Somerset County Council and the district councils in our area have now set their budgets for this year. Those painful decisions have been taken, so it is really all too late for this year. However, as my hon. Friend Simon Hoare, who is no longer in his place, said in this debate at this time last year, we have to accept that public services in rural areas have not just been cut to the bone; all the marrow has been sucked out as well.
The disadvantage for rural areas cannot continue, so I warmly welcome the announcement that the Secretary of State has made at the Dispatch Box today. The review to which he has committed is ambitious in scale and scope. This is not about claiming that rural areas should be at an advantage over urban ones; it is simply about making things fair, which requires a full understanding of the cost of delivering public services in rural areas and a formula that allocates funds accordingly. That review is urgent. I note that the Secretary of State said that it will be completed ahead of the introduction of the full retention of business rates for 2019-20, but we cannot leave it until this debate in two years’ time to be clear about the result of the review. Councils need to know the outcome of the review by this debate next year—in January 2018—so that they can know that the jam tomorrow that we have been promising throughout these difficult four years means that their retention of business rates will be baselined at x, and they can start to plan accordingly. Certainty is all they have left to ask for now that it is clear that there ain’t gonna be any more money in the near future.
So, too, must the Government set a mechanism for the ongoing review of the baselining of business rates when the business rates retention has been introduced. I am sure that the Secretary of State and his team will agree that the potential for economic development will vary from region to region, and from area to area. Considering that the economic development team—if, indeed, one is left—in many of the smaller and more hard-pressed county councils is one person, the opportunities to grow the economy are somewhat more limited. We must have an eye to the idea that once we have baselined in 2019-20, some areas, through their entrepreneurial guile, may be able to grow their economies and their rates bases more quickly than others. Therefore, there will be a requirement to reset from time to time so that the deal remains equitable. Or—I am equally happy with either solution—the Secretary of State could direct that the growth deals allocated better reflect the areas where skills, connectivity or workforce availability are most difficult.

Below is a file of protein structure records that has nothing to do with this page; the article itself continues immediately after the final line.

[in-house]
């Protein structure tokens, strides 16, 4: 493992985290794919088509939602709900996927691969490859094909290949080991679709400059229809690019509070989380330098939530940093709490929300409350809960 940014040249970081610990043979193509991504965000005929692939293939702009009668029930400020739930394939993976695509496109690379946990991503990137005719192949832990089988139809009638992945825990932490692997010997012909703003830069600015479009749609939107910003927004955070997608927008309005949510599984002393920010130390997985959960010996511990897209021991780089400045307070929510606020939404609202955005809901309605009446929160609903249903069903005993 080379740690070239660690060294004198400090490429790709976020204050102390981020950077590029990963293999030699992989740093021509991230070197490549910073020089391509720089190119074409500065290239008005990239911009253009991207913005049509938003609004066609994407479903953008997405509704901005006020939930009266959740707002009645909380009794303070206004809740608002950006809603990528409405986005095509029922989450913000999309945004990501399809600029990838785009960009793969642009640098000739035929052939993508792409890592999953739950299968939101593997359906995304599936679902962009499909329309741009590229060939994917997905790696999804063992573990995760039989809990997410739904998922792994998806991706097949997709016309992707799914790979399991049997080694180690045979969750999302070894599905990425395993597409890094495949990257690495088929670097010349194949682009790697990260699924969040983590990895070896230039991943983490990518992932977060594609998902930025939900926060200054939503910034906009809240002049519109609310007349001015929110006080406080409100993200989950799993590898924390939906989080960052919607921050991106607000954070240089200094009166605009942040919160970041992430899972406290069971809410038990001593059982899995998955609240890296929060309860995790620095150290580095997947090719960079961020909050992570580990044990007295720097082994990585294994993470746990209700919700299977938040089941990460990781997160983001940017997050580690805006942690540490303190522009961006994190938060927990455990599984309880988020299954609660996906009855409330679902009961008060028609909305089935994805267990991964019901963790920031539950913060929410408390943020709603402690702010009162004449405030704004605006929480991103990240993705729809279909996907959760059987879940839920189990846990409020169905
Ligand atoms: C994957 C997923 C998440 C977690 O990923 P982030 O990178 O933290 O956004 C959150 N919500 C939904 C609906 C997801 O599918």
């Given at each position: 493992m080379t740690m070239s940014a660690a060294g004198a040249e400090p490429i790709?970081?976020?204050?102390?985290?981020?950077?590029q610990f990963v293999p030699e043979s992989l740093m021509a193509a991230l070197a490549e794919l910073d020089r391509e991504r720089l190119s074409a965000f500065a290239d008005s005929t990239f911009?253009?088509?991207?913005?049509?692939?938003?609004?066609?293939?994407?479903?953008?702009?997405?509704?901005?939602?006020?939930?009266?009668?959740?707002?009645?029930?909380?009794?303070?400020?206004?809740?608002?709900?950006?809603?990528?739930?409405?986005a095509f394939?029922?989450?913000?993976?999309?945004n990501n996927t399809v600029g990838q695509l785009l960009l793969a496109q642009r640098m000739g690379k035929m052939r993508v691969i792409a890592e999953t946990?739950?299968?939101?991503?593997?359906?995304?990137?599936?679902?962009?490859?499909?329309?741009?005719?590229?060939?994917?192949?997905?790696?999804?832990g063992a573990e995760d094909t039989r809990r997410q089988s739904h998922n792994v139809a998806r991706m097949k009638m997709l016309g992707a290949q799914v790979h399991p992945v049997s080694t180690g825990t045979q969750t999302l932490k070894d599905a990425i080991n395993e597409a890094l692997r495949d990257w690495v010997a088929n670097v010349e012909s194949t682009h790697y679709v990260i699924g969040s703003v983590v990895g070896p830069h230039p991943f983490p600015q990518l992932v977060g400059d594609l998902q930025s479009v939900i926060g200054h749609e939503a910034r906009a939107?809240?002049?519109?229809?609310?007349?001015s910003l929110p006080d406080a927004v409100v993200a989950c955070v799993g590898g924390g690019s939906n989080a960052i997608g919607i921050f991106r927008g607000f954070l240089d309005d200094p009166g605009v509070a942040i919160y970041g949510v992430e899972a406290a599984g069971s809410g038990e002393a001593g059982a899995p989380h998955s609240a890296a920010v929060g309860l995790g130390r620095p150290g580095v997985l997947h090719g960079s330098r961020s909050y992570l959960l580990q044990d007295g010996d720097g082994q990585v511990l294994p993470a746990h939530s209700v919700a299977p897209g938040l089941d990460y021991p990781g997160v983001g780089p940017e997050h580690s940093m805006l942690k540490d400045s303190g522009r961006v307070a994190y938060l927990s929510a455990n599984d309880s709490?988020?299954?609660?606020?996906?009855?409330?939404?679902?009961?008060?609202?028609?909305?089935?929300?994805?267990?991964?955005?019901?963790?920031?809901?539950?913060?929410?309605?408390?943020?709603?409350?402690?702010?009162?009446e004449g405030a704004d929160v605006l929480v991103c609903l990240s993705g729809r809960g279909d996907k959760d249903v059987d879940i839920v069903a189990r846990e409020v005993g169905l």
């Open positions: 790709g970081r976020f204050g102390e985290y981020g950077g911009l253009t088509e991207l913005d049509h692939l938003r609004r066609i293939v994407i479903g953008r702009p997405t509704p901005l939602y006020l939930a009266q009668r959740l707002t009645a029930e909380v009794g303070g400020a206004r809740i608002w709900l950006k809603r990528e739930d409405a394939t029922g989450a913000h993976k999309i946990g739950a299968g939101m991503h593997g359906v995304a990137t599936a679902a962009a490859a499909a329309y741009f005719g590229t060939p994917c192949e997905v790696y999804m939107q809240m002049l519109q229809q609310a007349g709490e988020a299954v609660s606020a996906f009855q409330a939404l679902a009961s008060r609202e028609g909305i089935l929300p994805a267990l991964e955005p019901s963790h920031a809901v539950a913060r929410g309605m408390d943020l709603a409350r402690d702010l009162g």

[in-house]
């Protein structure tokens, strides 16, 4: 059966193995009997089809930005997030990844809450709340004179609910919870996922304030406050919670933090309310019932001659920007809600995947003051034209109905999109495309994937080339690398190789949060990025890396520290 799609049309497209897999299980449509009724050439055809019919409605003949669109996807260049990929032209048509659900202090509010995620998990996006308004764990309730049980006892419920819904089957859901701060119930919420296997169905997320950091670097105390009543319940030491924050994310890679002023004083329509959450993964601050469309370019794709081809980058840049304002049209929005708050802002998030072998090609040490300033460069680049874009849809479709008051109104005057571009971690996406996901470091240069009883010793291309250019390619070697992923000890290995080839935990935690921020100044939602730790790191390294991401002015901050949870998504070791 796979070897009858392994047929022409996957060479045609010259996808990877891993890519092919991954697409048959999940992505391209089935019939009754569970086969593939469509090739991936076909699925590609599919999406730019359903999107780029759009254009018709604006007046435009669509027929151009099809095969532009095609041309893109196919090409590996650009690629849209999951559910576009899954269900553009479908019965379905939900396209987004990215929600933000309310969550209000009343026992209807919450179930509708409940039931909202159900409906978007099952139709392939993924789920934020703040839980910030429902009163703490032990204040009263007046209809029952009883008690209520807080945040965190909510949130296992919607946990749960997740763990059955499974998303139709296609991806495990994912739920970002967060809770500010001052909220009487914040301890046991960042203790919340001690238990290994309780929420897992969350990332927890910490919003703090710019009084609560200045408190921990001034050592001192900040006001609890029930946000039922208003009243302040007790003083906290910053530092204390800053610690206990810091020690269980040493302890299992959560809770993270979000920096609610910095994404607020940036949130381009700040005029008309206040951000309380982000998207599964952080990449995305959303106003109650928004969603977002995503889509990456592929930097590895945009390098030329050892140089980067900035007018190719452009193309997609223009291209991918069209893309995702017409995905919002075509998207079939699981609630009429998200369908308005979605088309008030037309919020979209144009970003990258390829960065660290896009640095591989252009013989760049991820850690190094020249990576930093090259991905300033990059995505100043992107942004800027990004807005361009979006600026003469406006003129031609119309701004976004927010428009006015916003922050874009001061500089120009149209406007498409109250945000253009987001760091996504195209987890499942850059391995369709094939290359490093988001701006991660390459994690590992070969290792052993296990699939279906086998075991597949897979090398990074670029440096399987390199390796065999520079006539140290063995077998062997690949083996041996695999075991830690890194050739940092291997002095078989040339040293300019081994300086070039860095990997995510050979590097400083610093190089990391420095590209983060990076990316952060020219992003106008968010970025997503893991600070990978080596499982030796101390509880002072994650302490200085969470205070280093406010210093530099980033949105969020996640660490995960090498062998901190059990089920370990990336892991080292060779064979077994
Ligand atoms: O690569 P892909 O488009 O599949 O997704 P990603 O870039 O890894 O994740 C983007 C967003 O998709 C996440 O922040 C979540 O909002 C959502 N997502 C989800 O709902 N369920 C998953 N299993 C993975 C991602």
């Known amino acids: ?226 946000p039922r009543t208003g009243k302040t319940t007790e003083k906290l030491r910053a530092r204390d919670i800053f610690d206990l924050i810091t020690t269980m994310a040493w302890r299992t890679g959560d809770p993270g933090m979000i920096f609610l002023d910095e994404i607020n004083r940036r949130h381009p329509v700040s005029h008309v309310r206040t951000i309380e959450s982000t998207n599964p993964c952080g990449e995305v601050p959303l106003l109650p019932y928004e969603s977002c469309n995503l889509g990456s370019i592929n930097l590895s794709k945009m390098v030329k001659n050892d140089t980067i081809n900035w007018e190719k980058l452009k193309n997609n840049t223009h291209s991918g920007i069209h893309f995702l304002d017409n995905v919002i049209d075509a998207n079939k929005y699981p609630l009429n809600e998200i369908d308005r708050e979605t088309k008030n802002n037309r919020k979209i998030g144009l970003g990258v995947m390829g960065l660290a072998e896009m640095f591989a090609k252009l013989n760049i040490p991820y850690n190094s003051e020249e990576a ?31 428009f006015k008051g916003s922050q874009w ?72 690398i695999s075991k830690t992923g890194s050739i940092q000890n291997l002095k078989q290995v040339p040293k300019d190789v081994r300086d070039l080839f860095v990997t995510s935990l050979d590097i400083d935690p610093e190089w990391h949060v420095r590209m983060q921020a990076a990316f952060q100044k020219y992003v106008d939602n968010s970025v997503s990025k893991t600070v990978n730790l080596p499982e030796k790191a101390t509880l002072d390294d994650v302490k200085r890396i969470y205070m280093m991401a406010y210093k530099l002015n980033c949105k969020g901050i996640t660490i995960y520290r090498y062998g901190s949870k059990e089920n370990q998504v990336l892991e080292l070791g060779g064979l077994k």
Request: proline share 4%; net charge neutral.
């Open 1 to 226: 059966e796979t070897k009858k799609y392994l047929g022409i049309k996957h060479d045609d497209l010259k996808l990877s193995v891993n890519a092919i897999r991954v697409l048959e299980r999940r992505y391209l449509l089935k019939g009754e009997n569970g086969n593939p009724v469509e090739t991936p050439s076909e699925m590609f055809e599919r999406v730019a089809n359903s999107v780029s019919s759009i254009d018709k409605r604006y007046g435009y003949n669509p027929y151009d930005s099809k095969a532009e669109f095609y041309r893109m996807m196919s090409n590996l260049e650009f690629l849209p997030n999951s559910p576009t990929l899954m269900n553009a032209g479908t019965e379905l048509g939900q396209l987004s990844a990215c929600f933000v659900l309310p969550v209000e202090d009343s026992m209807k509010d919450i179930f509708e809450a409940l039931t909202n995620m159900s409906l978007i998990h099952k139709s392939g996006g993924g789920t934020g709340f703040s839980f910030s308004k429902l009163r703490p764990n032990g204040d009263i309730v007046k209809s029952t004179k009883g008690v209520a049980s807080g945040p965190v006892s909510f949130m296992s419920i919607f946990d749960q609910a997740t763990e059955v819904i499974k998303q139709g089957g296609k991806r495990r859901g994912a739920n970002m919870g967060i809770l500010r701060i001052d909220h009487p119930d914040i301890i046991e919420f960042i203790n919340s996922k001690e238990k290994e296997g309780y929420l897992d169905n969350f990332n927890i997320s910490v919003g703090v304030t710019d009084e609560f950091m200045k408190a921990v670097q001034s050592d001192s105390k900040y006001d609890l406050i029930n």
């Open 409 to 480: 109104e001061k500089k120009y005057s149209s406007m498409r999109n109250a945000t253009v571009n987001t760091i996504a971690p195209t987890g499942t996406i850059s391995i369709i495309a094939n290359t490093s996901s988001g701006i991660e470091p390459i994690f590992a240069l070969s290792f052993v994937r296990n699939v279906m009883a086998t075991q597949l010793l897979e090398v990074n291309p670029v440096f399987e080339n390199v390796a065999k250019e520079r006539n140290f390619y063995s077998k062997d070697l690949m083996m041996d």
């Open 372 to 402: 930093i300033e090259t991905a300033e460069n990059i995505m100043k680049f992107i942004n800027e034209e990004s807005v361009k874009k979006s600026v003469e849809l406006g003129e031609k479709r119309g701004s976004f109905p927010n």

The south-west lags behind the rest of the country on infrastructure spending, and we are well behind on connectivity and on our skills base, yet when the growth deals were announced recently, the deal for the Somerset and Devon local enterprise partnership was particularly poor. It would be great to see the growth deals reflecting the areas where the economic development challenge is greatest so that when it comes to this entrepreneurial idea of the full retention of business rates, which I wholly support, we will start with equality of opportunity because we will have the connectivity, skills and infrastructure in place.